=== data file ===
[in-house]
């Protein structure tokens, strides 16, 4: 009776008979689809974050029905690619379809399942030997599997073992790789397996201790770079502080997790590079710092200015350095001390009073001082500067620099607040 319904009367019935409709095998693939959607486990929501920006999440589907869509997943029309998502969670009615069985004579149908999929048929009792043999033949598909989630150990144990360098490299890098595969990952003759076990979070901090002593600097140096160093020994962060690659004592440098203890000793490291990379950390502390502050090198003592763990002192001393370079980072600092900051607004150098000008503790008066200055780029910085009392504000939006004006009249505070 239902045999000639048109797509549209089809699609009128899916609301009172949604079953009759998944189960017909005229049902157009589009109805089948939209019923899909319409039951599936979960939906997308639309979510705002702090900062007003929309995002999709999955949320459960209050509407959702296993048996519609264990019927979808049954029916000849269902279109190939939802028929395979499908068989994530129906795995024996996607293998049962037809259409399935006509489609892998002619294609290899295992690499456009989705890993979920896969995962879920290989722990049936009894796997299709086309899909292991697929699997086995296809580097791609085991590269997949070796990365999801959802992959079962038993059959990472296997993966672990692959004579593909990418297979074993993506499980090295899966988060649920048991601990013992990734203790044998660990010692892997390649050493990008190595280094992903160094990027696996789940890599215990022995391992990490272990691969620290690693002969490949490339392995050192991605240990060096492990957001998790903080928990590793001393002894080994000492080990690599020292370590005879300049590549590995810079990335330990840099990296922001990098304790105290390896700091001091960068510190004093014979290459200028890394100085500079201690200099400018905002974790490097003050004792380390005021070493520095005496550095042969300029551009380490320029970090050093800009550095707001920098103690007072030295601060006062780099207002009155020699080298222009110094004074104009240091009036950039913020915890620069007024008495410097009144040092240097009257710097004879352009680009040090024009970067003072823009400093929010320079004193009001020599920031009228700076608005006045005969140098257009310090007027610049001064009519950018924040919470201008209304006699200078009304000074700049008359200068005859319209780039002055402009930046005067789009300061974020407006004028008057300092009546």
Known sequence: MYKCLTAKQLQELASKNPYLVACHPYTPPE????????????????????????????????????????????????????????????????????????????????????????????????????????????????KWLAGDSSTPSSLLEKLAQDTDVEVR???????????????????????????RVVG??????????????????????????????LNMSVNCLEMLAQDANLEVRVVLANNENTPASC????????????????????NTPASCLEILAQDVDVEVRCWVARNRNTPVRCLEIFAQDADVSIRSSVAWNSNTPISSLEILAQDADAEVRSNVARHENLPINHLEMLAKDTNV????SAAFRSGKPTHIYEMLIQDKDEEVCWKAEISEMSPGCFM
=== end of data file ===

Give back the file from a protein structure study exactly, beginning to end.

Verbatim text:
[in-house]
């Protein structure tokens, strides 16, 4: 009776008979689809974050029905690619379809399942030997599997073992790789397996201790770079502080997790590079710092200015350095001390009073001082500067620099607040 319904009367019935409709095998693939959607486990929501920006999440589907869509997943029309998502969670009615069985004579149908999929048929009792043999033949598909989630150990144990360098490299890098595969990952003759076990979070901090002593600097140096160093020994962060690659004592440098203890000793490291990379950390502390502050090198003592763990002192001393370079980072600092900051607004150098000008503790008066200055780029910085009392504000939006004006009249505070 239902045999000639048109797509549209089809699609009128899916609301009172949604079953009759998944189960017909005229049902157009589009109805089948939209019923899909319409039951599936979960939906997308639309979510705002702090900062007003929309995002999709999955949320459960209050509407959702296993048996519609264990019927979808049954029916000849269902279109190939939802028929395979499908068989994530129906795995024996996607293998049962037809259409399935006509489609892998002619294609290899295992690499456009989705890993979920896969995962879920290989722990049936009894796997299709086309899909292991697929699997086995296809580097791609085991590269997949070796990365999801959802992959079962038993059959990472296997993966672990692959004579593909990418297979074993993506499980090295899966988060649920048991601990013992990734203790044998660990010692892997390649050493990008190595280094992903160094990027696996789940890599215990022995391992990490272990691969620290690693002969490949490339392995050192991605240990060096492990957001998790903080928990590793001393002894080994000492080990690599020292370590005879300049590549590995810079990335330990840099990296922001990098304790105290390896700091001091960068510190004093014979290459200028890394100085500079201690200099400018905002974790490097003050004792380390005021070493520095005496550095042969300029551009380490320029970090050093800009550095707001920098103690007072030295601060006062780099207002009155020699080298222009110094004074104009240091009036950039913020915890620069007024008495410097009144040092240097009257710097004879352009680009040090024009970067003072823009400093929010320079004193009001020599920031009228700076608005006045005969140098257009310090007027610049001064009519950018924040919470201008209304006699200078009304000074700049008359200068005859319209780039002055402009930046005067789009300061974020407006004028008057300092009546």
Known sequence: MYKCLTAKQLQELASKNPYLVACHPYTPPE????????????????????????????????????????????????????????????????????????????????????????????????????????????????KWLAGDSSTPSSLLEKLAQDTDVEVR???????????????????????????RVVG??????????????????????????????LNMSVNCLEMLAQDANLEVRVVLANNENTPASC????????????????????NTPASCLEILAQDVDVEVRCWVARNRNTPVRCLEIFAQDADVSIRSSVAWNSNTPISSLEILAQDADAEVRSNVARHENLPINHLEMLAKDTNV????SAAFRSGKPTHIYEMLIQDKDEEVCWKAEISEMSPGCFM